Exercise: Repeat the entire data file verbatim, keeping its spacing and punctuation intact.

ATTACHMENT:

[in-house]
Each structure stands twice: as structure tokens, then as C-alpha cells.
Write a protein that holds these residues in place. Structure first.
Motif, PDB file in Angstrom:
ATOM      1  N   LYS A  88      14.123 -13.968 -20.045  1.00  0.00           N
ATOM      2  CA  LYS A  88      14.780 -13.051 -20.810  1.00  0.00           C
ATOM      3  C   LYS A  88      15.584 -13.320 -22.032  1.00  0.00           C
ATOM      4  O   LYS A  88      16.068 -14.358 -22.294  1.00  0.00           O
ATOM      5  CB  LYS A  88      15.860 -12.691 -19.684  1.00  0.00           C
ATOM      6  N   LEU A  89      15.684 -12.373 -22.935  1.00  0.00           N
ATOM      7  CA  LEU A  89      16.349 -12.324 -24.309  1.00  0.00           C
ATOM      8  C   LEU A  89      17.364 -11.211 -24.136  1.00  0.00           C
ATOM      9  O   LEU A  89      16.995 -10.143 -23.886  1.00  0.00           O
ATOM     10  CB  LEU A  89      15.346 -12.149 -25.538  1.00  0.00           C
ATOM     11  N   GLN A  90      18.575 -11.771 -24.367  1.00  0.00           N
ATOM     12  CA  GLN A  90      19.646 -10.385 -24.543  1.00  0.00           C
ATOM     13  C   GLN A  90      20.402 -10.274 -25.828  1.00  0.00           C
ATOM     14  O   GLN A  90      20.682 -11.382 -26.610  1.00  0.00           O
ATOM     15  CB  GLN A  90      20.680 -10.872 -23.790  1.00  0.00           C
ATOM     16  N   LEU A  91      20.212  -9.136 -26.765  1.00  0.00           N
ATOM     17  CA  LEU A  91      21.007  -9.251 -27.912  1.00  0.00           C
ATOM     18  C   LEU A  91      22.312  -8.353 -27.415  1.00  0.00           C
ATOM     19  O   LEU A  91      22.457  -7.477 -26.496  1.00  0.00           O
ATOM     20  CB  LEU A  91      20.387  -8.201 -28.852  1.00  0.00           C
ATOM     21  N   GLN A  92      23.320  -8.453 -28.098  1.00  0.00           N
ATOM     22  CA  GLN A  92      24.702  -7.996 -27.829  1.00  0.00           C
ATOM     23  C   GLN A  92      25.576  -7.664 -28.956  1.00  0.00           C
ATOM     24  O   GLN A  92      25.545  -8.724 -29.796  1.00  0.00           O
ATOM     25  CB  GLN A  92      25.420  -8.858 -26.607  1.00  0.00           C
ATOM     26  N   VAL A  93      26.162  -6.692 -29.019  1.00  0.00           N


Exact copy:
[in-house]
Each structure stands twice: as structure tokens, then as C-alpha cells.
Write a protein that holds these residues in place. Structure first.
Motif, PDB file in Angstrom:
ATOM      1  N   LYS A  88      14.123 -13.968 -20.045  1.00  0.00           N
ATOM      2  CA  LYS A  88      14.780 -13.051 -20.810  1.00  0.00           C
ATOM      3  C   LYS A  88      15.584 -13.320 -22.032  1.00  0.00           C
ATOM      4  O   LYS A  88      16.068 -14.358 -22.294  1.00  0.00           O
ATOM      5  CB  LYS A  88      15.860 -12.691 -19.684  1.00  0.00           C
ATOM      6  N   LEU A  89      15.684 -12.373 -22.935  1.00  0.00           N
ATOM      7  CA  LEU A  89      16.349 -12.324 -24.309  1.00  0.00           C
ATOM      8  C   LEU A  89      17.364 -11.211 -24.136  1.00  0.00           C
ATOM      9  O   LEU A  89      16.995 -10.143 -23.886  1.00  0.00           O
ATOM     10  CB  LEU A  89      15.346 -12.149 -25.538  1.00  0.00           C
ATOM     11  N   GLN A  90      18.575 -11.771 -24.367  1.00  0.00           N
ATOM     12  CA  GLN A  90      19.646 -10.385 -24.543  1.00  0.00           C
ATOM     13  C   GLN A  90      20.402 -10.274 -25.828  1.00  0.00           C
ATOM     14  O   GLN A  90      20.682 -11.382 -26.610  1.00  0.00           O
ATOM     15  CB  GLN A  90      20.680 -10.872 -23.790  1.00  0.00           C
ATOM     16  N   LEU A  91      20.212  -9.136 -26.765  1.00  0.00           N
ATOM     17  CA  LEU A  91      21.007  -9.251 -27.912  1.00  0.00           C
ATOM     18  C   LEU A  91      22.312  -8.353 -27.415  1.00  0.00           C
ATOM     19  O   LEU A  91      22.457  -7.477 -26.496  1.00  0.00           O
ATOM     20  CB  LEU A  91      20.387  -8.201 -28.852  1.00  0.00           C
ATOM     21  N   GLN A  92      23.320  -8.453 -28.098  1.00  0.00           N
ATOM     22  CA  GLN A  92      24.702  -7.996 -27.829  1.00  0.00           C
ATOM     23  C   GLN A  92      25.576  -7.664 -28.956  1.00  0.00           C
ATOM     24  O   GLN A  92      25.545  -8.724 -29.796  1.00  0.00           O
ATOM     25  CB  GLN A  92      25.420  -8.858 -26.607  1.00  0.00           C
ATOM     26  N   VAL A  93      26.162  -6.692 -29.019  1.00  0.00           N